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17/10/2021

Facade of one of the last whitewashed houses in Mijas. The house is owned by the family of Juan Leiva Cuevas, alias ‘El Calero’ (The Lime Maker)

Reportajes

Master lime-makers, past & present

  • Activation of an ancient lime kiln

Mijas returns to the past to bring it back. The Enharetá collective, neighbours, former lime-makers and the Mijas Town Hall itself, have launched the activation

It is impossible to know exactly when lime was first discovered. According to the web portal lhoist.com, we would have to go back to the year 7,500 BC, when the ancient inhabitants of what is now Jordan managed to create a kind of plaster made with lime, used to cover walls, floors and stoves. As early as the 14th and 15th centuries in south-east England, craftsmen used to apply decorative lime pastes to the exteriors of buildings. Also during the Renaissance, lime was used in plastic arts and in painting. As regards its manufacture, currently the lime industry is provided with the best machinery to produce it. However, have you ever wondered how a town like Mijas, a benchmark in the production of this material in Andalusia, manufactured lime? Well, the answer can be found by taking a look at the history of our land. The ethnological group Enharetá, in its zeal to keep alive the customs and traditions - both tangible and not - typical of the culture of Mijas, as well as its trades, wanted to activate a small lime kiln so that future generations can learn about this trade and its characteristics, which for many years was an important part of our idiosyncrasy. After months trying to start the project, the group, in collaboration with residents of Mijas and the Local Council itself, lit the fire within this old lime kiln in Cuesta Borrego, between the rural areas of Valtocado and La Alquería. Due to the rain, the Cuesta Borrego lime kiln had to wait several weeks to be lit, which has now been done. “This is one more initiative promoted by the Enharetá ethnological group”, explained Huan Porrah, a member of the collective, “which consists of activating a lime kiln, using the ‘mijeño’ method, something that has not been done for a long time in Mijas”.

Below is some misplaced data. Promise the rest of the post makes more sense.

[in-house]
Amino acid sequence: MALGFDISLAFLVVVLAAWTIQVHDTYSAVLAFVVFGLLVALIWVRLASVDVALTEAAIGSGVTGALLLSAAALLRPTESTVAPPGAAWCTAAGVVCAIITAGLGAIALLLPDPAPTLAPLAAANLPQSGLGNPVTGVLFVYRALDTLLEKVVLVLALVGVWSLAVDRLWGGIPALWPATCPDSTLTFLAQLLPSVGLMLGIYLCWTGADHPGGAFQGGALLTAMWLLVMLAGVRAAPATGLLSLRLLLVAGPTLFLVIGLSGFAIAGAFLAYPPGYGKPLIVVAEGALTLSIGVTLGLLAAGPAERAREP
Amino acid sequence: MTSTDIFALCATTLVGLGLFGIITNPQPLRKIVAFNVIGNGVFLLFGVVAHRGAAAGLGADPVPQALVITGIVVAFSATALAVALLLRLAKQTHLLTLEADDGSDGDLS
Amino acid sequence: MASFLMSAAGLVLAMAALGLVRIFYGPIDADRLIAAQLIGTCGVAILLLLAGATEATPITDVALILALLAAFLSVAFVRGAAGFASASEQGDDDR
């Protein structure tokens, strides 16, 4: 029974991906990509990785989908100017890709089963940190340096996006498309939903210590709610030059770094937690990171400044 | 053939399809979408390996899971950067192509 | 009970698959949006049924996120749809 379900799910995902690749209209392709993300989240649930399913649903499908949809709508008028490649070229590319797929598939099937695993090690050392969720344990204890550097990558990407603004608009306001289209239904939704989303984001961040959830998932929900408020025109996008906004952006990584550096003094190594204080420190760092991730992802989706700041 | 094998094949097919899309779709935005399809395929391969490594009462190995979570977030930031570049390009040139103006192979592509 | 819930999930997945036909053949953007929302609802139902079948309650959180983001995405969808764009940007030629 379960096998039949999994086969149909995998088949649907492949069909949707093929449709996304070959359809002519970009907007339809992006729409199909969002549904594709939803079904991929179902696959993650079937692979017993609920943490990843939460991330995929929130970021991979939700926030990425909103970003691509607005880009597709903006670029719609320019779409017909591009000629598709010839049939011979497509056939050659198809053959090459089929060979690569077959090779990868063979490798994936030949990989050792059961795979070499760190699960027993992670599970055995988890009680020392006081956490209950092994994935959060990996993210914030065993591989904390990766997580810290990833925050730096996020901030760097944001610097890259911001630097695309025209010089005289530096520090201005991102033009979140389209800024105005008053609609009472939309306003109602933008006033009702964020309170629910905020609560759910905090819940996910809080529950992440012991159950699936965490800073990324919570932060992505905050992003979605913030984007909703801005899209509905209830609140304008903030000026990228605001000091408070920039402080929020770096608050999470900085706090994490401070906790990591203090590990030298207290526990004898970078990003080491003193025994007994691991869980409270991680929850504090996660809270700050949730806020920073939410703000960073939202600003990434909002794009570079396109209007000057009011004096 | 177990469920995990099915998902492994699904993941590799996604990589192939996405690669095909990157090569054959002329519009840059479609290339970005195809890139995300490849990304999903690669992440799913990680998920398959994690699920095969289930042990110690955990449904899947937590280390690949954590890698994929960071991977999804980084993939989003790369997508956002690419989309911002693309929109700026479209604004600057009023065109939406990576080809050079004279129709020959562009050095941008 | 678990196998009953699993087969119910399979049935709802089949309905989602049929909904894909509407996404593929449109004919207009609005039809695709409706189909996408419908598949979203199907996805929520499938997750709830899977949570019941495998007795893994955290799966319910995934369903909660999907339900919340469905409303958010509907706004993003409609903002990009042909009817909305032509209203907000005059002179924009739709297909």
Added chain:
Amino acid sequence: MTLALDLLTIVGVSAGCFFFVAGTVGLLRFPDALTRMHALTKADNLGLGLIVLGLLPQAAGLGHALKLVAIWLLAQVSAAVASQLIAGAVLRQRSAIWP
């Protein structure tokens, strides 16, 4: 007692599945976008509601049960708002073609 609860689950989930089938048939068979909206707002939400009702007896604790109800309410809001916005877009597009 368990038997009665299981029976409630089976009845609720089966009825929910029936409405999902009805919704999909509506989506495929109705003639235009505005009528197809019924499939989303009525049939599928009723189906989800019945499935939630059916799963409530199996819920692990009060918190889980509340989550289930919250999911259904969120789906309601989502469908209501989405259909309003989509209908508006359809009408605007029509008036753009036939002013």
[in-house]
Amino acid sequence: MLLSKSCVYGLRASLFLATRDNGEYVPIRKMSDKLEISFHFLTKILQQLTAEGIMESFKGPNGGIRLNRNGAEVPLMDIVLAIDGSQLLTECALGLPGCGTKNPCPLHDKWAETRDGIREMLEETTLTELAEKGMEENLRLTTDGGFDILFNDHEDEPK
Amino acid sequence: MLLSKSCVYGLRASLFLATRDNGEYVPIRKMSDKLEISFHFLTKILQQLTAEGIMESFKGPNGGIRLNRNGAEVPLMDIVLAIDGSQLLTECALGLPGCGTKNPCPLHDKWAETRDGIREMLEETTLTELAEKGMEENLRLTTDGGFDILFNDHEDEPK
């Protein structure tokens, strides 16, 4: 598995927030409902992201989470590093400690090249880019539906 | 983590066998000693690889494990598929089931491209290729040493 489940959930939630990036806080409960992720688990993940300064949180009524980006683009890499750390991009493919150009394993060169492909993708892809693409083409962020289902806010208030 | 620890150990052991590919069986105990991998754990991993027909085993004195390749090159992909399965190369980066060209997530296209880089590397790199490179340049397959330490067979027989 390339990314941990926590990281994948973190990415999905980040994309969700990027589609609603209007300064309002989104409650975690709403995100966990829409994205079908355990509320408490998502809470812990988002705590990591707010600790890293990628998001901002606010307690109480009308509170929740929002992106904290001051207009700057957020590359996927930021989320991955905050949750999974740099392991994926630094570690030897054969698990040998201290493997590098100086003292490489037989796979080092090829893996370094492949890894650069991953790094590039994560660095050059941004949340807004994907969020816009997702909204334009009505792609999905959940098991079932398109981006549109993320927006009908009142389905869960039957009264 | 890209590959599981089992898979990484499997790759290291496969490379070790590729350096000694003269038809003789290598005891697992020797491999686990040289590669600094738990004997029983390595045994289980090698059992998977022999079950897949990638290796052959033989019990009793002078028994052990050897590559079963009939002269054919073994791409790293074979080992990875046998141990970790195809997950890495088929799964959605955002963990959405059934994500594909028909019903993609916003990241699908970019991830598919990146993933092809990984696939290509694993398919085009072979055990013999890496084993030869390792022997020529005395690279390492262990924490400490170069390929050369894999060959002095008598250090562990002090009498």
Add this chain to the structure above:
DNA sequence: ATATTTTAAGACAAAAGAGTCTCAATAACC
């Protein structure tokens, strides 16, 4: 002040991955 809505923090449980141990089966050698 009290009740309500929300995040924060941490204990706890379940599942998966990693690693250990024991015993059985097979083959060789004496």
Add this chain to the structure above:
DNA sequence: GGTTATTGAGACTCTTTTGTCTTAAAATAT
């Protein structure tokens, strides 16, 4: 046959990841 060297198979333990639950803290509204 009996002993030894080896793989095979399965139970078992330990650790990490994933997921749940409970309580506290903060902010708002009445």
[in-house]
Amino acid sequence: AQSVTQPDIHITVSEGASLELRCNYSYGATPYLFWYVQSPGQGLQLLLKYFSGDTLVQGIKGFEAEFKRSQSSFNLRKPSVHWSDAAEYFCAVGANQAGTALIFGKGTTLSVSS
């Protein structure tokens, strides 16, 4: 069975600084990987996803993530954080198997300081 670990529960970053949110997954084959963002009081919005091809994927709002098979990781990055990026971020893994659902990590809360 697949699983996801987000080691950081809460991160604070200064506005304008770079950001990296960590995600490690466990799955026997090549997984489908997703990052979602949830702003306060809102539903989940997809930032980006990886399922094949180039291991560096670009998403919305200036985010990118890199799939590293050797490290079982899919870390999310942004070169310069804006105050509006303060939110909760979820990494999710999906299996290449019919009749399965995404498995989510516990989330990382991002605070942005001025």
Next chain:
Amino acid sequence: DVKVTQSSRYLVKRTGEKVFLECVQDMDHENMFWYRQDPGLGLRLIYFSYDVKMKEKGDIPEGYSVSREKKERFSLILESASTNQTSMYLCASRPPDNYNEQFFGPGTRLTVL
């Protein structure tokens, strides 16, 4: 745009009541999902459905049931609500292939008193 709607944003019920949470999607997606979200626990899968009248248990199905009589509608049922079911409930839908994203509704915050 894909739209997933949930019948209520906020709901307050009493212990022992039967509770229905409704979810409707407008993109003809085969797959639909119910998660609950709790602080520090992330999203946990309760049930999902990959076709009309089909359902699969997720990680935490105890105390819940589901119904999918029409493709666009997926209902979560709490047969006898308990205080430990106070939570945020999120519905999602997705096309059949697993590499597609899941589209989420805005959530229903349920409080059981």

Institutional collaboration
The councillor for Historical Heritage, Laura Moreno (PSOE), was also present on May 8th during the lighting of the old lime kiln. “We have made ourselves available to Enharetá for whatever they need, whether it be firewood, fuel, or anything else”, stated Moreno.
According to the councillor, the department will help and collaborate with each and every one of the associations that work to recover local traditions, because, she assured, we must not forget where we come from. Moreno also wanted to state her “gratitude for the work the Enharetá Group is carrying out, reactivating all the traditions and culture of Mijas and also eternally thank the Leiva brothers for activating the lime kiln, because they are the ones who are teaching us about our traditions and how our elders lived”.

The work of the Enharetá Group

In addition to organising the activation of the lime kiln in the Cuesta Borrego area, the Enharetá collective also carries out other projects. Therefore, it defines itself as a group of “citizens for the study, defense and activation of the ethnological, historical and cultural heritage” of Mijas, according to the group. “This project”, commented one of the members of the group, Juan Alarcón, “is part of the activities of the group, with the aim of conserving the ethnographic heritage of Mijas”.
They also affirm that they are residents of Mijas concerned “about the future of local Andalusian culture in its different forms of heritage”, and therefore they decided to form this group so that globalization does not stain the image of Mijas and all its traditions and customs. “We not only conserve the tangible heritage, but also the wisdom and traditions” of Mijas, declared another Enharetá member, Huan Porrah. The group, they explain, is aimed at “enharetà la Miha de zuyo” (ancient linguistic dialect in Mijas. Miha-Mijas), that is, carrying out projects that promote the importance of the heritage elements that make the municipality what it is and what it was.
Enharetà, created as a research-action group, intends to use methods to study the ethnological heritage of Mijas, to ensure its defense and its activation through the real and symbolic use of culture. The ‘raison d’etre’ of the group lies in counteracting the separation with the recent past of Mijas, as stated by Enharetá members, and recovering ancient traditions and customs so that future generations can know, first-hand, about the identifying traits that endowed and presently endow the municipality with the cultural and social wealth that characterizes it so much.